United States District Court, E.D. Virginia, Norfolk Division
OPINION AND ORDER
G. Doumar, Judge
matter comes before the Court upon Jonathan David
Strader's ("Petitioner") pro se Motion to
Vacate, Set Aside, or Correct Sentence Pursuant to 28 U.S.C.
§ 2255 ("§ 2255 Motion"). ECF No. 122. In
such motion, Petitioner asks the Court to vacate and correct
his sentence on three grounds, each of which alleges that the
performance of Petitioner's defense counsel violated his
Sixth Amendment rights. As set forth below, Petitioner's
§ 2255 Motion is denied as to all claims except Ground
4, 2017, a federal grand jury sitting in Norfolk, Virginia
named Petitioner and three co-defendants in an eight-count
criminal indictment. ECF No. 3. Petitioner was charged with
seven of the eight counts as follows: one count of Conspiracy
to Distribute and Possess with Intent to Distribute
Methamphetamine, in violation of 21 U.S.C. §§ 846,
841(a)(1) and (b)(1)(A) (Count 1); two counts of Distribute
and Possess with Intent to Distribute Methamphetamine, in
violation of 21 U.S.C. § 841(a)(1) (Counts 2, 4); one
count of Maintaining a Drug-Involved Premises, in violation
of 21 U.S.C. § 856(a)(1) (Count 5); and three counts of
Using a Communication Facility to Cause, Commit and
Facilitate a Felony Violation of the Controlled Substances
Act, in violation of 21 U.S.C. § 843(b) (Counts 6-8).
ECF No. 3. On August 22, 2017, Petitioner appeared before a
magistrate judge of this Court and pled guilty to Count 1
pursuant to a written plea agreement with the United States
(the "Government"). ECF No. 47.
December 4, 2017, Petitioner appeared before the Court for
sentencing. During the hearing, neither party objected to the
contents of Petitioner's presentence investigation report
("PSR"), which determined that Petitioner had a
total offense level of 39 and a criminal history category of
VI, resulting in advisory range of 360 months to life in
prison. PSR, ECF No. 80, ¶¶ 110-11. The Court
accepted Petitioner's PSR without change, and sentenced
Petitioner to the low-end of his Guidelines range: 360
months. ECF No. 93 at 2. Judgment was entered on December 5,
2017. Id. Petitioner did not appeal.
December 3, 2018, Petitioner timely filed the instant §
2255 Motion and a supporting memorandum ("Pet.
Mem."), ECF Nos. 122 and 123, which were docketed by the
Clerk of this Court on December 14, 2018. See 18 U.S.C.
§ 2255(f)(1); Houston v. Lack. 487 U.S. 266,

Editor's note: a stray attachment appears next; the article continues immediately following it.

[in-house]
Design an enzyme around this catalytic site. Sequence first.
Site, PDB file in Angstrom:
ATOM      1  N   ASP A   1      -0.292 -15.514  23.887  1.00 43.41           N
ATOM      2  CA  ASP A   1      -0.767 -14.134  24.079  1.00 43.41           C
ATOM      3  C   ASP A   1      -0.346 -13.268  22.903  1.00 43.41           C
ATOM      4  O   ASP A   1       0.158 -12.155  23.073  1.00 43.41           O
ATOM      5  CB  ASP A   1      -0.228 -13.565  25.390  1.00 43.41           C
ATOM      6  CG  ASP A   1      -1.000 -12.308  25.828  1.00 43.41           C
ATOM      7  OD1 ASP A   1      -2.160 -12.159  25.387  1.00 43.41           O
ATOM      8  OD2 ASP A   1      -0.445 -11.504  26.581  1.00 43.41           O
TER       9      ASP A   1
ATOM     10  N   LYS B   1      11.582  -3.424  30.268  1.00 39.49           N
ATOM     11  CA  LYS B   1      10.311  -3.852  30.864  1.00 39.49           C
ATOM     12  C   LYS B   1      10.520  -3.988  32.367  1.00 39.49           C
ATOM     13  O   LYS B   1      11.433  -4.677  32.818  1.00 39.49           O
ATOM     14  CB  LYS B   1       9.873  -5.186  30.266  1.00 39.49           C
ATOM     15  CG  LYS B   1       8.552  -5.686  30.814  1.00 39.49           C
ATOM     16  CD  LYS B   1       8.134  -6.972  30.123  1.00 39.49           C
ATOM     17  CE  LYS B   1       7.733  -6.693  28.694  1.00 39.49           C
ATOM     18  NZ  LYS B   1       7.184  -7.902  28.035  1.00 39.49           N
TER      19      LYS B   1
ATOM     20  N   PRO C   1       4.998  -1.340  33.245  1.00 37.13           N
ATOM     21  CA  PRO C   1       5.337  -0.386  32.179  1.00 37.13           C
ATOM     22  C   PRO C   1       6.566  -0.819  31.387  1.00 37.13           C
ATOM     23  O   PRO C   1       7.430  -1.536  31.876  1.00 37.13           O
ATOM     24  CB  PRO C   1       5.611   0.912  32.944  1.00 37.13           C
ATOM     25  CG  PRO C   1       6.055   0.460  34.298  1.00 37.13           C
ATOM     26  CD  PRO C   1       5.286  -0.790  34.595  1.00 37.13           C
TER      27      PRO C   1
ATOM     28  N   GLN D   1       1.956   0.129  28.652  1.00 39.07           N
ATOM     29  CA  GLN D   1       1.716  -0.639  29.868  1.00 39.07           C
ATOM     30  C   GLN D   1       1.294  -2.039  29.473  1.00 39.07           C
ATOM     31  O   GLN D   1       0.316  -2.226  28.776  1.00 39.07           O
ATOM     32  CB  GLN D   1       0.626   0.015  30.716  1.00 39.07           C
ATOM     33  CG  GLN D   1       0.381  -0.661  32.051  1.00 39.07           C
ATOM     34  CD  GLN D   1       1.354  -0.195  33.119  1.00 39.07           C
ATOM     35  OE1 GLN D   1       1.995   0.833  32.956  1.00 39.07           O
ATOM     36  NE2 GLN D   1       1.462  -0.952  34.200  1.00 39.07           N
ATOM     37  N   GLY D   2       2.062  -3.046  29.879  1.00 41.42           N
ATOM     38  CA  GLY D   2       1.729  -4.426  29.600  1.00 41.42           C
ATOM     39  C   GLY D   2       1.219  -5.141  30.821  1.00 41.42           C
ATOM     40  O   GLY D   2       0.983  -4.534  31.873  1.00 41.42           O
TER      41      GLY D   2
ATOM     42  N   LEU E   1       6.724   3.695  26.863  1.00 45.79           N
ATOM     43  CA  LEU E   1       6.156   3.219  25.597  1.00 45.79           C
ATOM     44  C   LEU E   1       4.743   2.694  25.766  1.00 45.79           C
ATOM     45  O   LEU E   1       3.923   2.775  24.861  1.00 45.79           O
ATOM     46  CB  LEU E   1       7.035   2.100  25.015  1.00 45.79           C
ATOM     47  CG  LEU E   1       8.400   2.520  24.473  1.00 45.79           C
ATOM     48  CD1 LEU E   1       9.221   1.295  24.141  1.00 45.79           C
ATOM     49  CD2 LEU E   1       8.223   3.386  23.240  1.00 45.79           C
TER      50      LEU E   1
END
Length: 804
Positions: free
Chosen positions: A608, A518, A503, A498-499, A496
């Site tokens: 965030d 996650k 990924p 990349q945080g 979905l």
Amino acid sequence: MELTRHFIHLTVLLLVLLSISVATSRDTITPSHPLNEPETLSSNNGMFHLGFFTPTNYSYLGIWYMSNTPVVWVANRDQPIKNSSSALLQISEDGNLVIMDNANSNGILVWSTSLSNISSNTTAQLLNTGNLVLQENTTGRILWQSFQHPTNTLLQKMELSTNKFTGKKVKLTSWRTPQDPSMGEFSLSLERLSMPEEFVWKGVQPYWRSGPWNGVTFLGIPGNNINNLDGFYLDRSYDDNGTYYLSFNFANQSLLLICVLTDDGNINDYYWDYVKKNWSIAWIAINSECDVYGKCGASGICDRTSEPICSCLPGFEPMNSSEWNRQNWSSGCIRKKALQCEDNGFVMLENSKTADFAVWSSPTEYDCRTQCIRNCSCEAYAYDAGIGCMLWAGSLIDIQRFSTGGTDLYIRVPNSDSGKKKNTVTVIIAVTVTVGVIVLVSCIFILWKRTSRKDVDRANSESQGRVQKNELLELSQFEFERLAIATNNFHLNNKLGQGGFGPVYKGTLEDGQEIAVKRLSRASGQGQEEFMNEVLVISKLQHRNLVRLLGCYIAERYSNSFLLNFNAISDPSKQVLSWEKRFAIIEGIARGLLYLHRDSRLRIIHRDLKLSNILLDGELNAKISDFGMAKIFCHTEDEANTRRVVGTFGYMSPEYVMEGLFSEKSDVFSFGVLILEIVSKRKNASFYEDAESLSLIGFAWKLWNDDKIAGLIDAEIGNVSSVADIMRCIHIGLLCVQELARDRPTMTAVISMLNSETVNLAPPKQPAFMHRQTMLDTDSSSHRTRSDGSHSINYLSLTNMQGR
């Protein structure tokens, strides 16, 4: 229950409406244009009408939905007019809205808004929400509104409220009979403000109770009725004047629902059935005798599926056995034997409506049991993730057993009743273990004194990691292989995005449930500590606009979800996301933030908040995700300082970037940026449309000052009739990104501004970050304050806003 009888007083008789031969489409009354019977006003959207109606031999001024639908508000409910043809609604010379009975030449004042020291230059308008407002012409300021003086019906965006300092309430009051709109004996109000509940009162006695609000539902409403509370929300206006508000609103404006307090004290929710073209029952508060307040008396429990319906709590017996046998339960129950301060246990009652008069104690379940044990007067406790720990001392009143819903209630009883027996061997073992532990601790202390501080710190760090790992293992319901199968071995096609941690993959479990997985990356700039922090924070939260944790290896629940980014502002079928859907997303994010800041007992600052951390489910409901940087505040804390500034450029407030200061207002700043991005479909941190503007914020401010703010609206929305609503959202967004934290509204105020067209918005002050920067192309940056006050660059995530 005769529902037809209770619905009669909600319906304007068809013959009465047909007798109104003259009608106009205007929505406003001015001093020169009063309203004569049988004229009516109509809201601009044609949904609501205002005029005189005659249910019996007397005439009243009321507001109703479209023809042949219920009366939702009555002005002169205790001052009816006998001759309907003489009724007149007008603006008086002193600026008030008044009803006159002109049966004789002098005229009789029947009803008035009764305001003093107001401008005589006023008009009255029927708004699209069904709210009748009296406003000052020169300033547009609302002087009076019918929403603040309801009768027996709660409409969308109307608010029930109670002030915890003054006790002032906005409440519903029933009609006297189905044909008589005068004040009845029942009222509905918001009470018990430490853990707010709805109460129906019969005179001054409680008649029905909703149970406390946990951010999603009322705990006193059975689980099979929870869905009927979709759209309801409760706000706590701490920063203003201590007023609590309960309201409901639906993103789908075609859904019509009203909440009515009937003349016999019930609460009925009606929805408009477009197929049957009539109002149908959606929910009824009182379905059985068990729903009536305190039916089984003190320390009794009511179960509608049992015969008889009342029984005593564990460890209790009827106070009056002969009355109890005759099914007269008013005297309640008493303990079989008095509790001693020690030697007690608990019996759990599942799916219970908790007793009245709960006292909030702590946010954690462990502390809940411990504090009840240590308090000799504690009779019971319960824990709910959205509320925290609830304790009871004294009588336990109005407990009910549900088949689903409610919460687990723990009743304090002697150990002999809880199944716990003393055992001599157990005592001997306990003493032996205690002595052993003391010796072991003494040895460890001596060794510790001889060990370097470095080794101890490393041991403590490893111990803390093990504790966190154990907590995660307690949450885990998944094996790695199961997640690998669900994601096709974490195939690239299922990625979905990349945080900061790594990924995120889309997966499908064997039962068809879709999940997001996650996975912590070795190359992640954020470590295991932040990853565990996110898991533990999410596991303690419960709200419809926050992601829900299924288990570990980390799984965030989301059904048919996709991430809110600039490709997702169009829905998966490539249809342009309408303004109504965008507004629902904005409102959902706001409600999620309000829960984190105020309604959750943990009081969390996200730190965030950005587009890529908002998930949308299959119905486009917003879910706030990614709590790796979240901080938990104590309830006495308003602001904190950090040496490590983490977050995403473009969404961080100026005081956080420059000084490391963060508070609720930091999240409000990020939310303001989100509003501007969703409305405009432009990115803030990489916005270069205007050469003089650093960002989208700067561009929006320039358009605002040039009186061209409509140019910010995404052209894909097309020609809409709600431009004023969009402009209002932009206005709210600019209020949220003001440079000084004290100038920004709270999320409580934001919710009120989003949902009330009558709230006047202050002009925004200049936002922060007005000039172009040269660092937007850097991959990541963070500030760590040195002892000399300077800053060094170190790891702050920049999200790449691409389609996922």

276 (1988) (establishing prison mailbox rule).
Petitioner's Motion is now before the Court.
STANDARD OF REVIEW
U.S.C. § 2255 allows a federal prisoner to move to
"vacate, set aside or correct" a federal sentence
on one of four grounds: " that the sentence was
imposed in violation of the Constitution or laws of the
United States, or  that the court was without jurisdiction
to impose such sentence, or  that the sentence was in
excess of the maximum authorized by law, or  is otherwise
subject to collateral attack." 28 U.S.C. § 2255(a).
The Supreme Court has held that § 2255 is the
appropriate vehicle by which a federal prisoner may challenge
both his conviction and sentence. Davis v. United
States. 417 U.S. 333, 343-44 (1974).
a § 2255 motion "may not do service for an
appeal." United States v. Fradv. 456 U.S. 152,
165 (1982). Generally, any claim that could have been raised
at trial or on direct appeal, but was not, is barred as
procedurally defaulted. Bouslev v. United States.
523 U.S. 614, 622 (1998). But this rule of default excludes
claims of ineffective assistance of counsel, Massaro v.
United States. 538 U.S. 500, 504 (2003), which are
generally not cognizable on direct appeal unless the record
on appeal conclusively shows ineffective assistance,
United States v. Richardson. 195 F.3d 192, 198 (4th
Cir. 1999) (internal citation omitted).
state a claim for ineffective assistance of counsel, the
petitioner must satisfy the two-prong test set forth in
Strickland v. Washington. 466 U.S. 668 (1984), by
showing (1) deficient performance of counsel and (2)
resulting prejudice. To satisfy the first prong, the
petitioner must articulate specific acts or omissions whereby
"counsel's representation fell below an objective
standard of reasonableness." Id. at 687-88. To
satisfy the second prong, the petitioner must show that it is
"reasonably likely" that, but for counsel's
unprofessional errors, the result of the proceedings would
have been different. Harrington v. Richter. 562 U.S.
86, 111-12 (2011) (citing Strickland. 466 U.S. at
696). Moreover, "[t]he likelihood of a different result
must be substantial, not just conceivable." Id.
(citing Strickland. 466 U.S. at 693). Failure to
satisfy either prong of Strickland is fatal to a
petitioner's claim. Carillo-Morales v. United
States. 952 F.Supp.2d 797, 803 (E.D.Va. 2013).
when filing a § 2255 petition, the petitioner bears the
burden of proving his grounds for relief by a preponderance
of the evidence. Miller v. United States. 261 F.2d
546, 547 (4th Cir. 1958)). However, a pro se petitioner is
entitled to have his petition and issues asserted therein
construed liberally. Gordon v. Leeke. 574 F.2d 1147,
1151 (4th Cir. 1978). Upon reviewing a § 2255 motion,
the district court may, in its discretion, summarily dismiss
such motion without a hearing. Raines v. United
States. 423 F.2d 526, 529-31 (4th Cir. 1970). But it may
only do so if "the motion and the files and records of
the case conclusively show that the prisoner is entitled to
no relief." 28 U.S.C. § 2255(b).
§ 2255 Motion and supporting memorandum, Petitioner
asserts three grounds on which this Court should vacate his
conviction and sentence, each alleging ineffective assistance
by his defense counsel. The Court will address each of these
grounds in turn.
Ground One: Counsel's Failure to Challenge
Petitioner's 30-Year Sentence for His ...